Amylin Pharmaceuticals Inc. (AMLN: Quote) announced findings from an ongoing clinical study or expanded access protocol that shows treatment with metreleptin, an investigational medication under evaluation for the treatment of diabetes and/or hypertriglyceridemia, or high levels of triglycerides in the bloodstream, in patients with rare forms of inherited or acquired lipodystrophy, reduced blood glucose and triglyceride levels.
The company said that the findings were presented in two separate posters at the Endocrine Society's 94th Annual Meeting and Expo (ENDO) in Houston, Texas.
The company noted that the findings from the first poster included data from an ongoing expanded access protocol of metreleptin administration in patients with rare forms of inherited or acquired lipodystrophy. The analysis included 19 patients with diabetes and/or high triglyceride levels who were diagnosed clinically with FPL, one of the major subtypes of lipodystrophy, without using a threshold leptin level as an eligibility criterion.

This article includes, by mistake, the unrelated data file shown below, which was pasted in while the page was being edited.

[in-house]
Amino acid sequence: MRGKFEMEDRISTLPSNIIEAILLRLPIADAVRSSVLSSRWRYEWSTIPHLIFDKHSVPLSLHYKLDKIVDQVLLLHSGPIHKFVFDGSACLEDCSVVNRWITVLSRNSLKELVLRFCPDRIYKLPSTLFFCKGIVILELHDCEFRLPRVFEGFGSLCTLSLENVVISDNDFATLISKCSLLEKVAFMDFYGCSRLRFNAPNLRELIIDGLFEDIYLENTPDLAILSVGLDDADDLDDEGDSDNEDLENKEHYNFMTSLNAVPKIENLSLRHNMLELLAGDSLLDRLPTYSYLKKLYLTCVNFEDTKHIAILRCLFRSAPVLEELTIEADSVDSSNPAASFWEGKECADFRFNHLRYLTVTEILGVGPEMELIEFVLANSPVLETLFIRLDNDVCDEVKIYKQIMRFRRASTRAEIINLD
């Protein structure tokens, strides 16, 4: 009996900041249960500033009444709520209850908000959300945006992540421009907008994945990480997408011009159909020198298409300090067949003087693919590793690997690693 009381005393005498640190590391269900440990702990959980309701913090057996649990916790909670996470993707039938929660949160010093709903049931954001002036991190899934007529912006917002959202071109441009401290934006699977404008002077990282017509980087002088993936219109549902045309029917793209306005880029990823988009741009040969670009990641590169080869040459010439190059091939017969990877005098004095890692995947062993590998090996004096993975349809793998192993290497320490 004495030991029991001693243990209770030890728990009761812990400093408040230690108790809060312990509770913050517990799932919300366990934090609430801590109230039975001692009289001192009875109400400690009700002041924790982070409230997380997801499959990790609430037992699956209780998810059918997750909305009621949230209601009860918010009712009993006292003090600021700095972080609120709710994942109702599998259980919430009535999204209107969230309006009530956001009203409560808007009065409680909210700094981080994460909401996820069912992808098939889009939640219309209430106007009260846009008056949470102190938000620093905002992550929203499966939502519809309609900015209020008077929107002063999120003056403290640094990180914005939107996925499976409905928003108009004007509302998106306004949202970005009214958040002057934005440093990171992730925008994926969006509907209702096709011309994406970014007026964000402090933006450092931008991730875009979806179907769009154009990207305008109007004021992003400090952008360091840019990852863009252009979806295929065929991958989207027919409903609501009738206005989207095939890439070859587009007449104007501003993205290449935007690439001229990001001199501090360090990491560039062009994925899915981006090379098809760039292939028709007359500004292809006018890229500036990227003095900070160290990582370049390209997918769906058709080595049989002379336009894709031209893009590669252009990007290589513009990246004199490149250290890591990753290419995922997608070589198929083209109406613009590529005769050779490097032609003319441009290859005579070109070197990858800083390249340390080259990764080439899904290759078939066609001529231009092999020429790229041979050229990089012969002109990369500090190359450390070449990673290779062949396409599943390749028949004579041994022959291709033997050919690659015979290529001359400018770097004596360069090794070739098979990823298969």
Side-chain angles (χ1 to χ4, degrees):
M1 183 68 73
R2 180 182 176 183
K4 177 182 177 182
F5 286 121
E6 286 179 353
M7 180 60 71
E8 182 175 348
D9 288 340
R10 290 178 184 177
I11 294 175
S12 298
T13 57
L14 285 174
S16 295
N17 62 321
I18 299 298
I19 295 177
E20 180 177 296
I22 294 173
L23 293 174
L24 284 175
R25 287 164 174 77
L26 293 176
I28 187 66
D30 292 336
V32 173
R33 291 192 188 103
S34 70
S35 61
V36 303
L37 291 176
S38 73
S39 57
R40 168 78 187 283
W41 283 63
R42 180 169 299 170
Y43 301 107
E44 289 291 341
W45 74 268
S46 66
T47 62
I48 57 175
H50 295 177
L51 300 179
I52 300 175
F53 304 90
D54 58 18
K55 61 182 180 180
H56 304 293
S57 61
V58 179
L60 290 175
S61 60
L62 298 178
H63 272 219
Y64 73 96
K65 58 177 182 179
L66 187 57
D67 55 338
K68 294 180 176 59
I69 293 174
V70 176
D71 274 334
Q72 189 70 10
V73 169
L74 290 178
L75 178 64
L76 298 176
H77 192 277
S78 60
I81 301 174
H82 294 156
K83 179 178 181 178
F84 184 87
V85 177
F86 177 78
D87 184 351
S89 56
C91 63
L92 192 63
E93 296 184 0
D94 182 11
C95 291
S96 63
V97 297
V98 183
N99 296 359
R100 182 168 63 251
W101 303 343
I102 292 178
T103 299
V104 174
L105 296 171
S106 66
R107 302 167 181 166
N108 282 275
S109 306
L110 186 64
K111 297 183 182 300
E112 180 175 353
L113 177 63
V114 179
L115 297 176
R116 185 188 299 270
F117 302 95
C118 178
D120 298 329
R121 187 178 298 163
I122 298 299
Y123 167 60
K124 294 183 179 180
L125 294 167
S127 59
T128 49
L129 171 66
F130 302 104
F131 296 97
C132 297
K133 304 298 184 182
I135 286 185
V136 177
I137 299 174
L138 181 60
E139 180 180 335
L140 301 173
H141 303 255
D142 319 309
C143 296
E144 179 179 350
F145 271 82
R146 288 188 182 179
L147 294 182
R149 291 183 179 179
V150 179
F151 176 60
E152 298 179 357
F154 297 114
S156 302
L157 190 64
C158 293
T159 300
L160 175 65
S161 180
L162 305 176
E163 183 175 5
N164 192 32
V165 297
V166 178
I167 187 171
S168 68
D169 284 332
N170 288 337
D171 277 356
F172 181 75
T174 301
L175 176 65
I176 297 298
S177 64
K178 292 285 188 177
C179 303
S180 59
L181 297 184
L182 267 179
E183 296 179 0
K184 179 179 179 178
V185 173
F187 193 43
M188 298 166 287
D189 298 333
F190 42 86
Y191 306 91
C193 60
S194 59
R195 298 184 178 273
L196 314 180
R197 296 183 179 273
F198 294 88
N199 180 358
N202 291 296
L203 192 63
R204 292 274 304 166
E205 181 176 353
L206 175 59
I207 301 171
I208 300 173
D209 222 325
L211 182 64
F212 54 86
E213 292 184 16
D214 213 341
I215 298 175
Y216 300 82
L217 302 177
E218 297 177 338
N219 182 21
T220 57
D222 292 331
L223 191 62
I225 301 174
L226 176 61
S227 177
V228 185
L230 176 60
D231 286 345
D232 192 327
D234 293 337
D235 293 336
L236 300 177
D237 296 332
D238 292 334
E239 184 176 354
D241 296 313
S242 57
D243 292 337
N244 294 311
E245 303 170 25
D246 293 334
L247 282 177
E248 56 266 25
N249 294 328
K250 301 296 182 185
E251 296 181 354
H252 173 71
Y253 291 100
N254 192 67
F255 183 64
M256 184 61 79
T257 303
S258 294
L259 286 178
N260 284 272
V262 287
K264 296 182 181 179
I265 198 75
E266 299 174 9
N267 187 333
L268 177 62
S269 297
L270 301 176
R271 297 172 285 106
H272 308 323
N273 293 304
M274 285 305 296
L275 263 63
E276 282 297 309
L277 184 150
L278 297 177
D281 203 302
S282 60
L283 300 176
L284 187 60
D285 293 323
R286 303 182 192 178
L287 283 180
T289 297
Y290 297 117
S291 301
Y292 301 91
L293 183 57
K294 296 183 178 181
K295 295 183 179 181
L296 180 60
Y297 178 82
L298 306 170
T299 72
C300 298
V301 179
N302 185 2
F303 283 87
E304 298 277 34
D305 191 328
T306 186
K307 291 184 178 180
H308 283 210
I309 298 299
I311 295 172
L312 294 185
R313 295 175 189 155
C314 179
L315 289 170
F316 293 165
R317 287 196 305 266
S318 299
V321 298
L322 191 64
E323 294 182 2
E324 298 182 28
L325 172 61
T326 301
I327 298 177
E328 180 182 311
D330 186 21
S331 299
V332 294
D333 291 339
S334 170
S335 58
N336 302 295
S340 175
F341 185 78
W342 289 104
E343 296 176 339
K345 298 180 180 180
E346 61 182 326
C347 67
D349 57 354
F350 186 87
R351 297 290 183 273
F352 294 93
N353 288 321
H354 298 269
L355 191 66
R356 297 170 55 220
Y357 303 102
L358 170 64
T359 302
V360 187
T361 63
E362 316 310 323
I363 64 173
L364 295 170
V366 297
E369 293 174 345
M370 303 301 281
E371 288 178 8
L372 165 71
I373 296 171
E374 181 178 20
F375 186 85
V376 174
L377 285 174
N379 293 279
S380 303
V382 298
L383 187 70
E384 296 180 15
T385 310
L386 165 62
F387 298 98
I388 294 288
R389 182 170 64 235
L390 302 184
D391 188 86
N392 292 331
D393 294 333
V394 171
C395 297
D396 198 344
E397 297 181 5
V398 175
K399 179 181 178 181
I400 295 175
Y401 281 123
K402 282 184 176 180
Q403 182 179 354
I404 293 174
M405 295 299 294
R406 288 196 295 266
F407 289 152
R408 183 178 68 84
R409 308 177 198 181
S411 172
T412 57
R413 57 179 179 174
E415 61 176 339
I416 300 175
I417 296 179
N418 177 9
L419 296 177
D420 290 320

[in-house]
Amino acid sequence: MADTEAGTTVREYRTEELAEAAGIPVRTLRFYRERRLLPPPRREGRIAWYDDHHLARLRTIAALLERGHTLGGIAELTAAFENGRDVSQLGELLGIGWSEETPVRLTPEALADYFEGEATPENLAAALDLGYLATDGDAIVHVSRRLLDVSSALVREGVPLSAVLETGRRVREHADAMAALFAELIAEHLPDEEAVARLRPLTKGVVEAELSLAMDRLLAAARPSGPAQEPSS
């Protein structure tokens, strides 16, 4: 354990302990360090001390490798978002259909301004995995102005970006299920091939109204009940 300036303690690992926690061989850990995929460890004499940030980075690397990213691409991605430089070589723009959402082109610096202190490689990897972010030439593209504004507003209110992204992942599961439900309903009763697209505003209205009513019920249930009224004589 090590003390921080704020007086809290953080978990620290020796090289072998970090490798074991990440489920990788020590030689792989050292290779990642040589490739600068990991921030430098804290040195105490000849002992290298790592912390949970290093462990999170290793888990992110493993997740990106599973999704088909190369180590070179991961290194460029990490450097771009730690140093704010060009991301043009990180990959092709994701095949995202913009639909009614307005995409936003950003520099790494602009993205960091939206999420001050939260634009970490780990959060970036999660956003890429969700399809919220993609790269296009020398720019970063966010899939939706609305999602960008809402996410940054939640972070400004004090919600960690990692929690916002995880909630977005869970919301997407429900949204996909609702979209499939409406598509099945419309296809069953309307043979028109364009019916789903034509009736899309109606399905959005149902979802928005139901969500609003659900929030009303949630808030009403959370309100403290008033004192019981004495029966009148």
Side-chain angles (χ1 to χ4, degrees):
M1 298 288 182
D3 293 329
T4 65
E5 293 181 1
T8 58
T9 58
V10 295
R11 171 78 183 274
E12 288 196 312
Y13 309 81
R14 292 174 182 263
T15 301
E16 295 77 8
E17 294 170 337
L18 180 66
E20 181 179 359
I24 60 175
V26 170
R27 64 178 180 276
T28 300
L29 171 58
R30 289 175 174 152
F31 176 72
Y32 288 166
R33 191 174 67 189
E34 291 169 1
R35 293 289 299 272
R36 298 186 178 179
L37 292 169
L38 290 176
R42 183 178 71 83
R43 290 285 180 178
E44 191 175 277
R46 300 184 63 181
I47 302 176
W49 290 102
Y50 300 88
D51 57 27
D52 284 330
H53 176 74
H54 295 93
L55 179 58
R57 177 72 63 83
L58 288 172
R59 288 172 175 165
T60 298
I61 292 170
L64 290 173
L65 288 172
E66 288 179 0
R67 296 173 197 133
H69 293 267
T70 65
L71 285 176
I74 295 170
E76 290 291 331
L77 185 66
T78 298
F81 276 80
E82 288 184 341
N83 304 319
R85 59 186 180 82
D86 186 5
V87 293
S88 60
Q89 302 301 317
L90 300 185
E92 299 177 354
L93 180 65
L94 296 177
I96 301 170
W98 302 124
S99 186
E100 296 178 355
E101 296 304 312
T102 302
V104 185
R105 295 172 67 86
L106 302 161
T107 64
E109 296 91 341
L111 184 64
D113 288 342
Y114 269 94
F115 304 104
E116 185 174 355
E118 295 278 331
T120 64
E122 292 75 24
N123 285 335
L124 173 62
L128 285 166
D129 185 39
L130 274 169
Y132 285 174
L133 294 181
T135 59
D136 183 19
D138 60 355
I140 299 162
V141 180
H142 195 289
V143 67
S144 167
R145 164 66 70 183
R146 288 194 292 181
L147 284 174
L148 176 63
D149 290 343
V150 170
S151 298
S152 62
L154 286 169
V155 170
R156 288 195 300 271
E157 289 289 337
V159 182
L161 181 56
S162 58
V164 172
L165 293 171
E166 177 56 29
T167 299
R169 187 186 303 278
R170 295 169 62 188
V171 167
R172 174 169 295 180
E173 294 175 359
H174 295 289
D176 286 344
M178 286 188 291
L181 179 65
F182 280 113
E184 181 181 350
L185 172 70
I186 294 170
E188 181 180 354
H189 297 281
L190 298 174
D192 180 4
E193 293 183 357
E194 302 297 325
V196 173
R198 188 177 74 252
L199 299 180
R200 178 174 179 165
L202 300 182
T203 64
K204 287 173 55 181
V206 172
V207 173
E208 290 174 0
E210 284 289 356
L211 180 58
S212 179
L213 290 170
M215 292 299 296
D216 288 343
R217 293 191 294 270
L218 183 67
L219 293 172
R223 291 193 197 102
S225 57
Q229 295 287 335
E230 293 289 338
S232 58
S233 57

In patients with A1C =7% (14/19), A1C decreased by 0.4±0.6% at six months (n=10) and 1.0±0.7% at 12 months (n=7). In patients with triglyceride levels =200 mg/dL at baseline (12/19), triglyceride levels decreased by 31±28 mg/dL at six months (n=6) and 184±127 mg/dL at 12 months (n=5).
Fat tissue is a major endocrine organ producing important metabolic hormones such as leptin. People with lipodystrophy lack the required fat tissue for normal metabolic function. This can be partial, affecting select areas of the body, or generalized, affecting nearly the entire body. A lack of fat tissue can lead to relative deficiency of leptin.
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by RTT Staff Writer
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